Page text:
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Mount Parness, Manoussis, Constantinos Pateras

  1. Name: Mount Parness, Manoussis, Constantinos Pateras
  2. Type of vessel: merchant ships
  3. Flag: Greece
  4. Date of sinking: 1920, 1922 and 1935, respectively
  5. Cause: leak
  6. Location: O Carrumeiro Chico shallow (Corcubión)
  7. Diving level: very high
  8. GALP territory: Costa da Morte (Coast of Death)


The graveyard of Greek steamships

O Carrumeiro Chico shallows are a stone that barely peeks out above the water surface at high tide. It is currently marked by a beacon light that warns sailors of its presence, as it is located right on the access route to the estuary of Corcubión. It has always been considered one of the greatest navigational hazards in the area.

About a dozen vessels have been known to have been shipwrecked due to this stone, such as the British ships Rosalie (1905), Albion (1908), the Russian ship Maria (1910); or the Greek ships Manoussis (1920), Constantinos Pateras (1922) and Mount Parnes (1935). In fact, the high presence of Greek vessels led some authors to baptise this stone as “the Greek steamships’ graveyard”.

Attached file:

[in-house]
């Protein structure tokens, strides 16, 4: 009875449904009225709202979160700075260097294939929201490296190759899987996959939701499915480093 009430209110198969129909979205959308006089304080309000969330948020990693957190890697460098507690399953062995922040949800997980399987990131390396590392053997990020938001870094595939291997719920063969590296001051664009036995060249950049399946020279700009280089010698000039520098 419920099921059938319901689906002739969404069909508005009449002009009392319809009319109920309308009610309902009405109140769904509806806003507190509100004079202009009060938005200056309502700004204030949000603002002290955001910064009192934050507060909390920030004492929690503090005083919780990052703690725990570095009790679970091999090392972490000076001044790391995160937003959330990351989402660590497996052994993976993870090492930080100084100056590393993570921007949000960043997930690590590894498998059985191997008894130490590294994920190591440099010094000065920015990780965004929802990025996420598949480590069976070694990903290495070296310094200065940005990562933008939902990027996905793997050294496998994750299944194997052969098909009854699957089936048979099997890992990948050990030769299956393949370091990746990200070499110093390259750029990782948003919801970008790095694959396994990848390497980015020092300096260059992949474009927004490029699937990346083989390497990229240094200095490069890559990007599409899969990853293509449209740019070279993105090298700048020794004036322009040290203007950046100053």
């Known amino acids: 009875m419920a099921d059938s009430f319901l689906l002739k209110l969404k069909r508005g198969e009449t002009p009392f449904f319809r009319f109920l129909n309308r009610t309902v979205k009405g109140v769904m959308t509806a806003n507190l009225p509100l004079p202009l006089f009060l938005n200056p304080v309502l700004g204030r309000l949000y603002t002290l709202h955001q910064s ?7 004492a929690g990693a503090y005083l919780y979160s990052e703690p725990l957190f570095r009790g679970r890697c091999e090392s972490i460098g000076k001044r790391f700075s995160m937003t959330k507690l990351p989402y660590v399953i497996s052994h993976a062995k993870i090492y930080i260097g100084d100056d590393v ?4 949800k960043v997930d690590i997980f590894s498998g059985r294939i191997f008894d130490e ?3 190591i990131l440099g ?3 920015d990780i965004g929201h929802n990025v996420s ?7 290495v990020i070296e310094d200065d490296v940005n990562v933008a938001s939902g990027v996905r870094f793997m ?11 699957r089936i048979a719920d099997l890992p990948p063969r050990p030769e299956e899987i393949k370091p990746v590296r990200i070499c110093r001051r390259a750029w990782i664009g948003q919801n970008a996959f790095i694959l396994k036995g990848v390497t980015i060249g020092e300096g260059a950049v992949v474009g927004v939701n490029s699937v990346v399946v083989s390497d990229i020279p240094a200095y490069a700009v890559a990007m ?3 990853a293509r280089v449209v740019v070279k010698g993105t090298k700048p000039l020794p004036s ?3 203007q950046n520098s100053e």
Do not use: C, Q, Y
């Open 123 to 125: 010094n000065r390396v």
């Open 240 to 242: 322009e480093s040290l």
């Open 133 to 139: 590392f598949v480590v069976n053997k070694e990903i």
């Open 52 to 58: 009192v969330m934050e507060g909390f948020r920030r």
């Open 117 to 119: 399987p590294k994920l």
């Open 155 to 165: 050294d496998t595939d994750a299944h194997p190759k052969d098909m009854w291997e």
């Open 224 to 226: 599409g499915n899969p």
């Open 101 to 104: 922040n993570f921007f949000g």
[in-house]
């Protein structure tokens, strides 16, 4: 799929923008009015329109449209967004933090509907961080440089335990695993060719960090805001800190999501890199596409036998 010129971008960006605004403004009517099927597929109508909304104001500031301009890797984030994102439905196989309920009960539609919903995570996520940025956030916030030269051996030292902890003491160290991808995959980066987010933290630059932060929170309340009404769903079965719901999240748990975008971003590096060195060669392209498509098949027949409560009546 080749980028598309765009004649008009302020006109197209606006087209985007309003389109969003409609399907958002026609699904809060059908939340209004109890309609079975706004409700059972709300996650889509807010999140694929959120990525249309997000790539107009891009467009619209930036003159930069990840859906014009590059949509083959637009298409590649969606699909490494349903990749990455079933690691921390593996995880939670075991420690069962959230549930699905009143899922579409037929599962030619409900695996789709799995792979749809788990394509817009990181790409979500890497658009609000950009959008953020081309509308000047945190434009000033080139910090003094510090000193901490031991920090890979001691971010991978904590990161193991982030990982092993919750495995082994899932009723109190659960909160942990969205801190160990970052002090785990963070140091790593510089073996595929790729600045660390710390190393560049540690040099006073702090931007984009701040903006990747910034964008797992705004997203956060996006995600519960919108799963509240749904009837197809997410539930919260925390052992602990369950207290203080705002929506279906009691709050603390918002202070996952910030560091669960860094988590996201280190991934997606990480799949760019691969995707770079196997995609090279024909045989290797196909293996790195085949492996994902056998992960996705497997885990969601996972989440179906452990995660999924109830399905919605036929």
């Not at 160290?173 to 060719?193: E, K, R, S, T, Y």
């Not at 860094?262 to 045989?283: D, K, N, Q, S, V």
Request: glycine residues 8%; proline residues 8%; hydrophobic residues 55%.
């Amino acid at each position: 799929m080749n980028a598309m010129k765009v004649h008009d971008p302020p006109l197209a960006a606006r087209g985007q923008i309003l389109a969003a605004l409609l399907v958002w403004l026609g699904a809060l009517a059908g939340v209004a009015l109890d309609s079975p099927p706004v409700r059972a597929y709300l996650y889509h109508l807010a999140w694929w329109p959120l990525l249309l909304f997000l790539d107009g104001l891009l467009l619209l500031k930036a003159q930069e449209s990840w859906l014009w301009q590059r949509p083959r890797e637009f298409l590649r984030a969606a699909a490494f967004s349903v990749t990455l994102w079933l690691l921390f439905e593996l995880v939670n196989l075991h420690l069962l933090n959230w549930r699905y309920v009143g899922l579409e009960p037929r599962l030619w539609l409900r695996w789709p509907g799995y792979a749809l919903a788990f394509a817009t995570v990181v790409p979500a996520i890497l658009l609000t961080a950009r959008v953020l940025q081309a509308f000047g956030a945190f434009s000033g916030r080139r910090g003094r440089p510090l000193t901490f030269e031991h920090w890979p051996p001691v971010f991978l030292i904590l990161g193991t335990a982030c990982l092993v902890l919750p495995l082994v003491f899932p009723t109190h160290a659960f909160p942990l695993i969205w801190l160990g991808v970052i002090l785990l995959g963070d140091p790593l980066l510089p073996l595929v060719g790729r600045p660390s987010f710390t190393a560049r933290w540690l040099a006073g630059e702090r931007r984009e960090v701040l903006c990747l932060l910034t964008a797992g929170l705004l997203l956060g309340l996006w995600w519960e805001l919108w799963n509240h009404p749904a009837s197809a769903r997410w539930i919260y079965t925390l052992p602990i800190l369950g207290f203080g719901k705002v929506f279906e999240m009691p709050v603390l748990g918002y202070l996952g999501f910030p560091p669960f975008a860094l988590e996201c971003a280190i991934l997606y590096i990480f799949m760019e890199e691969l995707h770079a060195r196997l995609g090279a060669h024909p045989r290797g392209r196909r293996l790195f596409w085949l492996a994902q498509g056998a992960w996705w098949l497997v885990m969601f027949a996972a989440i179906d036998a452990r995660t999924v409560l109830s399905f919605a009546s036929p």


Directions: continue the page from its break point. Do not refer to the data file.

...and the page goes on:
Fortunately, and despite the high number of shipwrecks, the number of fatalities is insignificant at this point, in contrast to other places on the Costa da Morte (Coast of Death).

Nowadays, under the water of Carrumeiro Chico are the boilers of the old steamships, anchors, remains of the hulls and structures of the ships and real underwater beaches formed by the ore cargoes. Even at some 40 metres depth, the remains of one of these steamships are preserved intact.

These circumstances allow us to learn more about a period in which maritime traffic conditioned the history of these ports in this part of the European Atlantic arc.